Yale's John Lott Says...
“The bottom line should be not whether we strike a blow against the gun industry,
 
but what impact we are going to be having on people’s safety.”



By Kathryn Jean Lopez, NR associate editor------------lopezk@nationalreview.com
 

John R. Lott Jr. is a senior research scholar at the
Yale University Law School and the author of


More Guns, Less Crime:
Understanding Crime and Gun Control Laws
.

 

National Review: To a New York Times reporter, one official from the Massachusetts attorney general’s office said the new rules that went into effect in Massachusetts on Monday "mark the sharpest blow yet to the gun industry." How pernicious are these rules? Do you see states lining up to follow suit?

John Lott: It’s sad that they phrase it in that way, as a "blow to the gun industry." The bottom line should be not whether we strike a blow against the gun industry, but what impact we are going to be having on people’s safety. I have real concerns about these rules in Massachusetts. When they decide to essentially ban so-called "Saturday Night Specials," inexpensive guns, like they have here, it is the poor people in high-crime urban areas who aren’t going to be able to defend themselves.

As for the impact this might have on other states, it’s interesting to note that these restrictions weren’t part of a law that was passed. It was, rather, an attorney general who issued these rules unilaterally. I don’t think they could pass. In fact, there have been attempts to pass similar types of safety rules in Massachusetts--and they haven’t been successful.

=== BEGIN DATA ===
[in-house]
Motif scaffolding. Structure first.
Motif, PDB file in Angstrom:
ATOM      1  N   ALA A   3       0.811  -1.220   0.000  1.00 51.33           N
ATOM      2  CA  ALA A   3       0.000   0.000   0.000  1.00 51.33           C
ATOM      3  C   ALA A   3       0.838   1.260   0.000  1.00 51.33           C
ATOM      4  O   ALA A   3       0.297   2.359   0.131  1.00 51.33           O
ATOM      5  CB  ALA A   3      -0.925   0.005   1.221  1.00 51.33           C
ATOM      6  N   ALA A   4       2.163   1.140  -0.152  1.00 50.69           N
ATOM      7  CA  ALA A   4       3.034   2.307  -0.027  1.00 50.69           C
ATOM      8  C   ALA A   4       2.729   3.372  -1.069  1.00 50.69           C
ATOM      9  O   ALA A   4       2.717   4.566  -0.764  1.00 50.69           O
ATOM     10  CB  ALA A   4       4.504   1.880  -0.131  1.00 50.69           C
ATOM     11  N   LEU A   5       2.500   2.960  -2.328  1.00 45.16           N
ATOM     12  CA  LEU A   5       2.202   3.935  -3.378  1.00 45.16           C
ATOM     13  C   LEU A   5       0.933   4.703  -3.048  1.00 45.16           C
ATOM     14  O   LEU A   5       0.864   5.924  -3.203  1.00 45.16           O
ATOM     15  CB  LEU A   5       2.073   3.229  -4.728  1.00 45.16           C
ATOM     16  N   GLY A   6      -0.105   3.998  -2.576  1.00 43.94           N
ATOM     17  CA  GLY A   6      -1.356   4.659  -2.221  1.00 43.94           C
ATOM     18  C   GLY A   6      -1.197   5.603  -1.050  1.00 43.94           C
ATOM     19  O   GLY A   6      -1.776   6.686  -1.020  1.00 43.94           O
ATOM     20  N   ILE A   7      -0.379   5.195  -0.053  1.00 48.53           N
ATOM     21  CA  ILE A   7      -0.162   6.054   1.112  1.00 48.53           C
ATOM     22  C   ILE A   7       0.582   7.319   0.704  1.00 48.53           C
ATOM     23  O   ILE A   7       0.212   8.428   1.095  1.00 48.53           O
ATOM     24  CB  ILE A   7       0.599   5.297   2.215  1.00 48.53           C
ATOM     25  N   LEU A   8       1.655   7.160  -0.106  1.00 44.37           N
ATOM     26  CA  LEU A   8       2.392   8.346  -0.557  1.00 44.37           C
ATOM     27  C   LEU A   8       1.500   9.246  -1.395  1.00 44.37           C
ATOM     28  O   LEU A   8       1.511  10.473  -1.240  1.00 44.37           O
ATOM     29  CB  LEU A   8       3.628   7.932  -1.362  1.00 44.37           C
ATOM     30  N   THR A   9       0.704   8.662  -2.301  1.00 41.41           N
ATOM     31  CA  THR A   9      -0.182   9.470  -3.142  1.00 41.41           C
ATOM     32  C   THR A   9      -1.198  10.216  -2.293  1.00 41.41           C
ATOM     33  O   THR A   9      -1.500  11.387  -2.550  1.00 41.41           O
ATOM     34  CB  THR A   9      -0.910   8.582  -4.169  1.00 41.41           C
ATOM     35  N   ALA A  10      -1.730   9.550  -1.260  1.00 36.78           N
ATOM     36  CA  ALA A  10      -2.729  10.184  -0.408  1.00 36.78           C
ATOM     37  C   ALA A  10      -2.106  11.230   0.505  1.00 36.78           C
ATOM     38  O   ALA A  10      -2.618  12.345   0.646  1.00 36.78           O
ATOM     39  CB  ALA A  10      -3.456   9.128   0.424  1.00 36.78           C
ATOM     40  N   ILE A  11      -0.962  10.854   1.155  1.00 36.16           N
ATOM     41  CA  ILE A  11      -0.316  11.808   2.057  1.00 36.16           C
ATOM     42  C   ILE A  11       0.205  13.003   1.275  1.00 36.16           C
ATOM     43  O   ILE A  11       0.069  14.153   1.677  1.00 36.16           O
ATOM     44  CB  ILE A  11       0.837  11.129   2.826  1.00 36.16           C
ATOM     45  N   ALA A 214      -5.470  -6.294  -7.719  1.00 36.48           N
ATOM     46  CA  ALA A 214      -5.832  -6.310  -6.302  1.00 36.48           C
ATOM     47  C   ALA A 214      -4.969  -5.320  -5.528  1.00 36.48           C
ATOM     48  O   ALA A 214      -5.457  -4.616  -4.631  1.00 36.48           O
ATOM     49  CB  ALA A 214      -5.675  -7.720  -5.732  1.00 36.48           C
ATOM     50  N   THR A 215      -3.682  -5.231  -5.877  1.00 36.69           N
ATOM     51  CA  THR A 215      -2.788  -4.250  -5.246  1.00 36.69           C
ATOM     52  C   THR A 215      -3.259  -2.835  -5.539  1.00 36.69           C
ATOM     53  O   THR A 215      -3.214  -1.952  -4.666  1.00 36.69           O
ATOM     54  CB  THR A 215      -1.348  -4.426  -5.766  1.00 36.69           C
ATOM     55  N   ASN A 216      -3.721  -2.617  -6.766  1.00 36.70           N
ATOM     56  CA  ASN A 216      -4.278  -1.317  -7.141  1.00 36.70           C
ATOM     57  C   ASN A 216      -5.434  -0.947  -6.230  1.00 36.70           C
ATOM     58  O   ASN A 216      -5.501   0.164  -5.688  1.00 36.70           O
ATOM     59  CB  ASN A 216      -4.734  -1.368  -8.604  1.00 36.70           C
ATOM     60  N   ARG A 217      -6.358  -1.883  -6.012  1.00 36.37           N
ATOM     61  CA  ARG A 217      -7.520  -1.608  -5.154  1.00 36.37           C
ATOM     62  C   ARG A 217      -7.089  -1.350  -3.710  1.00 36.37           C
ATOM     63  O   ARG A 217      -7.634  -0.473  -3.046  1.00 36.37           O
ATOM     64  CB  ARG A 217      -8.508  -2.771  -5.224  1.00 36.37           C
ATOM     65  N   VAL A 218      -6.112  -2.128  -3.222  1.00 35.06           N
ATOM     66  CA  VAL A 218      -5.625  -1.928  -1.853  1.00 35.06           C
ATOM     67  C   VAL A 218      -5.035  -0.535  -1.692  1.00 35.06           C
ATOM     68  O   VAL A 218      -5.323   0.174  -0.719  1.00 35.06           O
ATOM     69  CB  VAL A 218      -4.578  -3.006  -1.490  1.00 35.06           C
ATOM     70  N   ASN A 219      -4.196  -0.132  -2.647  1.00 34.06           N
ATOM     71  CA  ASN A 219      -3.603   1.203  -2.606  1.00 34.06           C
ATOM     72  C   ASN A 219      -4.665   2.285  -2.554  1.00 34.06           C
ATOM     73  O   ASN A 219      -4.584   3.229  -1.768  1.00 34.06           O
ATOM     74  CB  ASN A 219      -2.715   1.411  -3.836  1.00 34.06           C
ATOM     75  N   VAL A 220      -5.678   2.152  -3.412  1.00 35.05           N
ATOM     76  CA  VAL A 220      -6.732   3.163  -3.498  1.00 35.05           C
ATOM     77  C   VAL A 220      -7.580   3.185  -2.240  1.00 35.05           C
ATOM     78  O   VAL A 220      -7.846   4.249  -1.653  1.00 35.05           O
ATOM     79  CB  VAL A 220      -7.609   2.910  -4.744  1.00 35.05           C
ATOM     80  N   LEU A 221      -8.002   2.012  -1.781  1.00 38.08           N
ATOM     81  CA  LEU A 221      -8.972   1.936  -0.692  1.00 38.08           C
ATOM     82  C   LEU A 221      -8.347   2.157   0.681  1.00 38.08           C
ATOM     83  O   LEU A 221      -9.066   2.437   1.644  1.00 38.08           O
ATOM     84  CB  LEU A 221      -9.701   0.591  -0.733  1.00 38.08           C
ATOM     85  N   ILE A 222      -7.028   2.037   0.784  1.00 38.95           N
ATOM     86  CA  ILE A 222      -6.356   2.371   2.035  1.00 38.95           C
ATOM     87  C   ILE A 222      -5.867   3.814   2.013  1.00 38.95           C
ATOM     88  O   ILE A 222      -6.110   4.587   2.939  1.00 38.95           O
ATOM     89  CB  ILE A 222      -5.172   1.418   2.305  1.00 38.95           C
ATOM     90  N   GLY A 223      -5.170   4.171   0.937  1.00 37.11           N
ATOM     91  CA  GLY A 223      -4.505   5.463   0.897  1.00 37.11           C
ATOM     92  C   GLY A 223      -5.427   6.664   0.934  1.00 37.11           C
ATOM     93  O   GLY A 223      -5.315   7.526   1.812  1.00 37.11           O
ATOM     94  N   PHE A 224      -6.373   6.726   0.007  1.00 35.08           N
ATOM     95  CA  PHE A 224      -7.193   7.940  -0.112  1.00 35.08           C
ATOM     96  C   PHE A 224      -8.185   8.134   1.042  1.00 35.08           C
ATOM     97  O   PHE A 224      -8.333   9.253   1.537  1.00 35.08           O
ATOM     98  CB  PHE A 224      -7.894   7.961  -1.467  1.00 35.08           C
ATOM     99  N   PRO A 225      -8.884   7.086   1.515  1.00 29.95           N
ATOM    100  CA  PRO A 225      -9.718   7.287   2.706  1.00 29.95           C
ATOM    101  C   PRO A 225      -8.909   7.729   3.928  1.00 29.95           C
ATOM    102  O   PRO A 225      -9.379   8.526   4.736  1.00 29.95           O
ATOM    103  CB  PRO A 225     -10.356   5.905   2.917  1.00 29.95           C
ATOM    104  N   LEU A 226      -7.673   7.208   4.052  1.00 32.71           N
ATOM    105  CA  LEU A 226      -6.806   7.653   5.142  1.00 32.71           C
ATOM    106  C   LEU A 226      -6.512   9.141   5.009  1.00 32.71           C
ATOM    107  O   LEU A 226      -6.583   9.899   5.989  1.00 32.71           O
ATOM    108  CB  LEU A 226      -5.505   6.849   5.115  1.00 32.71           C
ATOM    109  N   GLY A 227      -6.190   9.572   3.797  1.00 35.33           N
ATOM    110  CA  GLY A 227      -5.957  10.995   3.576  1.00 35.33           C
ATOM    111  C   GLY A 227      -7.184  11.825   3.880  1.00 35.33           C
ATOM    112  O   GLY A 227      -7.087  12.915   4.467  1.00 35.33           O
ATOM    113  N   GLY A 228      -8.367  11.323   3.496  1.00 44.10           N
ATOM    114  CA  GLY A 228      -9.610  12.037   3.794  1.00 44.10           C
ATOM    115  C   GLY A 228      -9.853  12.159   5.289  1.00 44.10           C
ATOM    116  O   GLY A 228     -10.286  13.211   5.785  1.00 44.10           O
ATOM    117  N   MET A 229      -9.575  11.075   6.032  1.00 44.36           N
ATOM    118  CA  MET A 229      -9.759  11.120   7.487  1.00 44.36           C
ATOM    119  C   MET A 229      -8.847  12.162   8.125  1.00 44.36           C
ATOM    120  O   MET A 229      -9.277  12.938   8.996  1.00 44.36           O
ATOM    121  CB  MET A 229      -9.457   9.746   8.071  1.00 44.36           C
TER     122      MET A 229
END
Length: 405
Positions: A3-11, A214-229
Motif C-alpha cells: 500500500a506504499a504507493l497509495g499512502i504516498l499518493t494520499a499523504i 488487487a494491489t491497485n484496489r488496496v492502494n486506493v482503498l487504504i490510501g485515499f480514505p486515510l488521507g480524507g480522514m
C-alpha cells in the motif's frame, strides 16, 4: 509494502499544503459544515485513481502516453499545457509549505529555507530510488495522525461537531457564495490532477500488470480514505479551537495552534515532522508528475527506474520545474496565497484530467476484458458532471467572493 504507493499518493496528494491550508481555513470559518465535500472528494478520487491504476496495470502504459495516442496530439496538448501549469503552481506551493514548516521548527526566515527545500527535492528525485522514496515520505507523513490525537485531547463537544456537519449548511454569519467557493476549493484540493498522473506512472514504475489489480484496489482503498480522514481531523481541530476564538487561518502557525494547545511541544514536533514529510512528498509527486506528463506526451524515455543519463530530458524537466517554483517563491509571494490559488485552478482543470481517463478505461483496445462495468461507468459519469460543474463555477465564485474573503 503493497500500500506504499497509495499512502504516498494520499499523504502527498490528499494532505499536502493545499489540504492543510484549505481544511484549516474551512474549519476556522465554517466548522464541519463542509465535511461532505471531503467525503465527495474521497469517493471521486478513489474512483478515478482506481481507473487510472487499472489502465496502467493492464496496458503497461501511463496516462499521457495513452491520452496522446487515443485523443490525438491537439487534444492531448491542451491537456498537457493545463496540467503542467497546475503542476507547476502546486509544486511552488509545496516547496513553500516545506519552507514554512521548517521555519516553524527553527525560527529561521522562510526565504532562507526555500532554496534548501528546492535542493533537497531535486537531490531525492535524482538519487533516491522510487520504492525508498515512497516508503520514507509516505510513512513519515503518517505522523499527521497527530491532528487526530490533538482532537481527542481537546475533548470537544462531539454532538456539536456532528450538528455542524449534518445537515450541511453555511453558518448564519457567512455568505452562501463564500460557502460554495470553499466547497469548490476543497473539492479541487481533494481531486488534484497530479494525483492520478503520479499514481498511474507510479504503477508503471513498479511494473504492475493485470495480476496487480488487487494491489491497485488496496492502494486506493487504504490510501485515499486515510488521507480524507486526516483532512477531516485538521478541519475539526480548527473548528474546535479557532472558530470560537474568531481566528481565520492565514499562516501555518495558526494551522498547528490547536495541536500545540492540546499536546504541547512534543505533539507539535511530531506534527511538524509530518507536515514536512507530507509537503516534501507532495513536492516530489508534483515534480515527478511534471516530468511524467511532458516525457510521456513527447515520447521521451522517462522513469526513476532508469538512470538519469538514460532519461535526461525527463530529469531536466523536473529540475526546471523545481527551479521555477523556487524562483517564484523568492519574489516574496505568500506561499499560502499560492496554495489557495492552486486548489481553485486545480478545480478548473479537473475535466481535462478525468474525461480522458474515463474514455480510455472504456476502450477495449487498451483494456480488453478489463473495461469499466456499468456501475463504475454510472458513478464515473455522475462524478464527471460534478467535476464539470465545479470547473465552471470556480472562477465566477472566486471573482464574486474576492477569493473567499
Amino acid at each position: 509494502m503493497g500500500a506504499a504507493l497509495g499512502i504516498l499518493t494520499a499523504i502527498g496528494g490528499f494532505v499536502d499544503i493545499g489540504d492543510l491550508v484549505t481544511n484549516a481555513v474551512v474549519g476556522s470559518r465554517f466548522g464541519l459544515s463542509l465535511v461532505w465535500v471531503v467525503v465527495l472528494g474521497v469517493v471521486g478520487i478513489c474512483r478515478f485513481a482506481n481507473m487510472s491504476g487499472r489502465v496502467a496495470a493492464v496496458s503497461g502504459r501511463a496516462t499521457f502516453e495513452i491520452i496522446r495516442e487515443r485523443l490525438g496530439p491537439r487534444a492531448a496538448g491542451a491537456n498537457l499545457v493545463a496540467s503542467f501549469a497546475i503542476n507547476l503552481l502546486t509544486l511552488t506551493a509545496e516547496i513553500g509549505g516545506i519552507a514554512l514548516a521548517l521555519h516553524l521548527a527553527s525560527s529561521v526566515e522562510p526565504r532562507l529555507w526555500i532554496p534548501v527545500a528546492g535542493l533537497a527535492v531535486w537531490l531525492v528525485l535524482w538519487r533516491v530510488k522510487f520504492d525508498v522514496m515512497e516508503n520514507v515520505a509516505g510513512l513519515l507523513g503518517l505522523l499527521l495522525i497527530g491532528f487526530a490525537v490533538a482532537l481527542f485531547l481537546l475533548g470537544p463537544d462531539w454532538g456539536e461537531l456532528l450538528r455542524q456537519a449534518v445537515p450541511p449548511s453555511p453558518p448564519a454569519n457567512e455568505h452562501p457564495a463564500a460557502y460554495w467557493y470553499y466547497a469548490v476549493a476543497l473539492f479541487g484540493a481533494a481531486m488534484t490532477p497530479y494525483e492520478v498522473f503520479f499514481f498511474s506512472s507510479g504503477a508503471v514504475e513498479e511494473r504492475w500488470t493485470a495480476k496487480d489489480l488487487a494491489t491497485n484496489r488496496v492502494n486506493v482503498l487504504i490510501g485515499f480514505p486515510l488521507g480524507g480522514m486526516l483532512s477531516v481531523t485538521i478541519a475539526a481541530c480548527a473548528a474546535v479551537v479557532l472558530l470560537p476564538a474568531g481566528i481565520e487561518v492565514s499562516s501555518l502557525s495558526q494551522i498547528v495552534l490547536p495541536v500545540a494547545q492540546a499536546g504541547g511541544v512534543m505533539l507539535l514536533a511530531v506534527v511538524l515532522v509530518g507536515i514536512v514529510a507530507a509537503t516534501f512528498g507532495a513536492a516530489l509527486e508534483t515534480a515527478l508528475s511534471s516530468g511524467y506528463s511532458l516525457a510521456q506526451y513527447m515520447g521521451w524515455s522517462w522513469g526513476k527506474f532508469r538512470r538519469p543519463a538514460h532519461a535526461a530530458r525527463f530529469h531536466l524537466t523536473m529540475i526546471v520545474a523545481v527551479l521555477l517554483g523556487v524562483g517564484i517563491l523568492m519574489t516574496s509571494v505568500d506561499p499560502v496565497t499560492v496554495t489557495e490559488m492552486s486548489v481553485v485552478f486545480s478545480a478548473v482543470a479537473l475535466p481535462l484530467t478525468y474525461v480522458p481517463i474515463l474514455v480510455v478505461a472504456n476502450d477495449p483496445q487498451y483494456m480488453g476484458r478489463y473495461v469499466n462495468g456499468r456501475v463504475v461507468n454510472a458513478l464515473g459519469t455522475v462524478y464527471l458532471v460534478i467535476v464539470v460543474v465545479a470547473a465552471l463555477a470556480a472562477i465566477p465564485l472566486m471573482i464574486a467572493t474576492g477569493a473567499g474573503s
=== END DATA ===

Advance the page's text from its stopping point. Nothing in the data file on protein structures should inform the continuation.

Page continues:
These rules generally — whether they be effectively banning certain types of guns or mandating "childproof locks" — will create future problems. There’s no such thing as a lock that’s impossible to tamper with. I’m concerned that there will be a mandatory "tamper-proof" lock. Then, at some point in the future, someone will discover that the lock can be tampered with, so there will be legal action against companies that are selling the guns with the locks. The [government] will say, "Did you realize that this lock was not tamper-proof?" And the gun manufacturers will say, "Yes." But they’ll face violations of the law for having sold the guns even though they knew that their guns were not able to stand up to this "tamper-proof" standard. I think that what’s largely going on here is an effort to raise the price of guns, make it impossible to sell many types of guns — if not handguns completely — and make it so that over time the number of law-abiding citizens who own guns will decline, and make it easier for more stringent rules to pass in the future.